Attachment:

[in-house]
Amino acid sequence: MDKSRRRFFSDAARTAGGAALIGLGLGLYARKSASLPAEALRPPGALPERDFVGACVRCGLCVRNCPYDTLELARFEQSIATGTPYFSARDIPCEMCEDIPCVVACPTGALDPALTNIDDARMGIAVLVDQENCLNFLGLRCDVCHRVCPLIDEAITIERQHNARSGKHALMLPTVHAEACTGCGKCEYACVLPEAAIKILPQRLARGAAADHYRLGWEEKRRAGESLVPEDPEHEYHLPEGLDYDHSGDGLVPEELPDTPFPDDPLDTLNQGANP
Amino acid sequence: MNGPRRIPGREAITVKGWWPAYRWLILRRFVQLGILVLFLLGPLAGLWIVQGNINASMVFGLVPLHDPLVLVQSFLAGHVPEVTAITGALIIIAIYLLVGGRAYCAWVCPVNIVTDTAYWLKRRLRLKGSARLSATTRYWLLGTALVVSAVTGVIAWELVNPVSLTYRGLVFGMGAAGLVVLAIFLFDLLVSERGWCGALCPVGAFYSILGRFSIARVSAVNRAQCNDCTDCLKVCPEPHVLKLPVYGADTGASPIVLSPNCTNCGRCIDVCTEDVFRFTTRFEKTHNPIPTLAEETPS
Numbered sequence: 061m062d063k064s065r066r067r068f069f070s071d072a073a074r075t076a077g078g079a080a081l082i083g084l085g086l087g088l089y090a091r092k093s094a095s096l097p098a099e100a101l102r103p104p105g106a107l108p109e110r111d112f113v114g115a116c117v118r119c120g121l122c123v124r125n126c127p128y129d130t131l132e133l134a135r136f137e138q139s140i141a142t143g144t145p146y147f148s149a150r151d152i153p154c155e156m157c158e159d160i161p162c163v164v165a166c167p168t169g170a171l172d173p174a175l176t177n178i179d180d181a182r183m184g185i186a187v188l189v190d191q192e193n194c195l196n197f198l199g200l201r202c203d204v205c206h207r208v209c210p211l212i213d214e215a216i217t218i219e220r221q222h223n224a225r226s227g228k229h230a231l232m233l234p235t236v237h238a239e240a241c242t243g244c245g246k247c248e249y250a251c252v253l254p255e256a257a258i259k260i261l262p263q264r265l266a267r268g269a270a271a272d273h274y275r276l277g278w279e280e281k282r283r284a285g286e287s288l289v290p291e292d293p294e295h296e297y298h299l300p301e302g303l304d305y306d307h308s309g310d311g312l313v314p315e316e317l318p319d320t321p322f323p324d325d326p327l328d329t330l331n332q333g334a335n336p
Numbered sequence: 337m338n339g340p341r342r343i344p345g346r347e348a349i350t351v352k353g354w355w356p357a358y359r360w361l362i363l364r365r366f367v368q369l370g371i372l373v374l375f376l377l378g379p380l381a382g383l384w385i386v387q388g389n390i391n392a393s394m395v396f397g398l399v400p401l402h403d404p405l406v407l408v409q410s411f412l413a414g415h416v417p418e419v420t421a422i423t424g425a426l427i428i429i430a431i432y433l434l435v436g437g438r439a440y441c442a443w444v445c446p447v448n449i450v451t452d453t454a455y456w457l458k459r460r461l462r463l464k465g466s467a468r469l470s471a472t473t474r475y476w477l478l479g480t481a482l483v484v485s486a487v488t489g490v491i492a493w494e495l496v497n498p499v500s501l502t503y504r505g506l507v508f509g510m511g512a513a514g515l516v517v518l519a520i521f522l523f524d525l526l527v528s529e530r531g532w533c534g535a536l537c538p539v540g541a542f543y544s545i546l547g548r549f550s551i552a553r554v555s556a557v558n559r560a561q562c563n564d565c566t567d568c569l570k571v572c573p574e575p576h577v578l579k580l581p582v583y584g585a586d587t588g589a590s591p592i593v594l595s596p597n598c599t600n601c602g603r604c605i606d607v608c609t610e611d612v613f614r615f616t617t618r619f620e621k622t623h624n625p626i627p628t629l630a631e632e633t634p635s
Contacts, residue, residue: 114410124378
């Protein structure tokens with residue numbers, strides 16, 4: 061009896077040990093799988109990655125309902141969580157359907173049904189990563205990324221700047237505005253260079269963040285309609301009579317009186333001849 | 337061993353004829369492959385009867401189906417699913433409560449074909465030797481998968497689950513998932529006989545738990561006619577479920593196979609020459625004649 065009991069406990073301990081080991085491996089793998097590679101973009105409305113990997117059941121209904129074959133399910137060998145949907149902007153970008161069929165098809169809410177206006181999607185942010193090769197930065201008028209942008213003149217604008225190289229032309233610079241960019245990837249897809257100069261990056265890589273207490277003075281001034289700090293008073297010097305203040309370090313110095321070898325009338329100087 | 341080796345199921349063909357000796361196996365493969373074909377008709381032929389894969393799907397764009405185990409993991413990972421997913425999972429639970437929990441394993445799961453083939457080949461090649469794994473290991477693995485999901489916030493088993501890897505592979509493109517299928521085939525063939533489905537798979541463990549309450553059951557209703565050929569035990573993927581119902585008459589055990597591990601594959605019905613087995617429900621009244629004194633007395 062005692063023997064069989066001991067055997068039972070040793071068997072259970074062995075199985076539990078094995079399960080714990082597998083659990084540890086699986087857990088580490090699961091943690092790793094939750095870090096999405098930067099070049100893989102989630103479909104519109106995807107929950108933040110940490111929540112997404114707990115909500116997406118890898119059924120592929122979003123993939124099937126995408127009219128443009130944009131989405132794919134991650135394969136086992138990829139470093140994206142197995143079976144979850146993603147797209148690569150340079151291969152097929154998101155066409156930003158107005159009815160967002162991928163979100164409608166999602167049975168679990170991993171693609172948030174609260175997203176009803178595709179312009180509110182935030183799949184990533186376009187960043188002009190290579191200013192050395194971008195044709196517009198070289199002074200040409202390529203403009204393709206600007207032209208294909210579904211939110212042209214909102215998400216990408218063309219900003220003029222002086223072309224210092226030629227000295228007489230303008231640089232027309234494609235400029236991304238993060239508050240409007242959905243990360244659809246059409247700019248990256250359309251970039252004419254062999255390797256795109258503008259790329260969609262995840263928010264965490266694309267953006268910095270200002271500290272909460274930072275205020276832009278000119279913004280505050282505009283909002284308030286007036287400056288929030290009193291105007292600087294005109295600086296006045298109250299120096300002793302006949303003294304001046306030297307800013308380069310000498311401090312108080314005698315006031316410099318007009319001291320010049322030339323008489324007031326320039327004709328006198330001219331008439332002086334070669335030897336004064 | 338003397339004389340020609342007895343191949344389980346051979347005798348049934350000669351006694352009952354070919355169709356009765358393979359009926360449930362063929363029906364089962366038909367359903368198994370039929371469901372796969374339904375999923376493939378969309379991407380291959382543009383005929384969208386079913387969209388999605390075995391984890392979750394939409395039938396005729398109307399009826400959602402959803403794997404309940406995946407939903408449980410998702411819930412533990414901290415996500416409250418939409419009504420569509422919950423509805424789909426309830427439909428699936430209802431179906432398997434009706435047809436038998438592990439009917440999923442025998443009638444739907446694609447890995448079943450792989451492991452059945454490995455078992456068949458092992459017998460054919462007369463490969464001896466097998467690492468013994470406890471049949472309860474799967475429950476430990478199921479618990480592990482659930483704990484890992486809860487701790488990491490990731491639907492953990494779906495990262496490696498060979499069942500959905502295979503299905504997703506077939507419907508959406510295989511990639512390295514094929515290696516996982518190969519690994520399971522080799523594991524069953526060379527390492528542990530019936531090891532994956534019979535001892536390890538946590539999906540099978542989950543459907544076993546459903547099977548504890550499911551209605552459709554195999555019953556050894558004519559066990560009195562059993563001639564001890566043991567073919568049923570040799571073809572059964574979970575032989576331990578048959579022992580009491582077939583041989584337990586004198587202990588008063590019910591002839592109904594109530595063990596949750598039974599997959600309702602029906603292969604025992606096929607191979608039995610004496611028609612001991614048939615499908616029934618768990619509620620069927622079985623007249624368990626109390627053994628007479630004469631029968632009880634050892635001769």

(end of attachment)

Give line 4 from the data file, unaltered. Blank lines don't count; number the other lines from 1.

Numbered sequence: 061m062d063k064s065r066r067r068f069f070s071d072a073a074r075t076a077g078g079a080a081l082i083g084l085g086l087g088l089y090a091r092k093s094a095s096l097p098a099e100a101l102r103p104p105g106a107l108p109e110r111d112f113v114g115a116c117v118r119c120g121l122c123v124r125n126c127p128y129d130t131l132e133l134a135r136f137e138q139s140i141a142t143g144t145p146y147f148s149a150r151d152i153p154c155e156m157c158e159d160i161p162c163v164v165a166c167p168t169g170a171l172d173p174a175l176t177n178i179d180d181a182r183m184g185i186a187v188l189v190d191q192e193n194c195l196n197f198l199g200l201r202c203d204v205c206h207r208v209c210p211l212i213d214e215a216i217t218i219e220r221q222h223n224a225r226s227g228k229h230a231l232m233l234p235t236v237h238a239e240a241c242t243g244c245g246k247c248e249y250a251c252v253l254p255e256a257a258i259k260i261l262p263q264r265l266a267r268g269a270a271a272d273h274y275r276l277g278w279e280e281k282r283r284a285g286e287s288l289v290p291e292d293p294e295h296e297y298h299l300p301e302g303l304d305y306d307h308s309g310d311g312l313v314p315e316e317l318p319d320t321p322f323p324d325d326p327l328d329t330l331n332q333g334a335n336p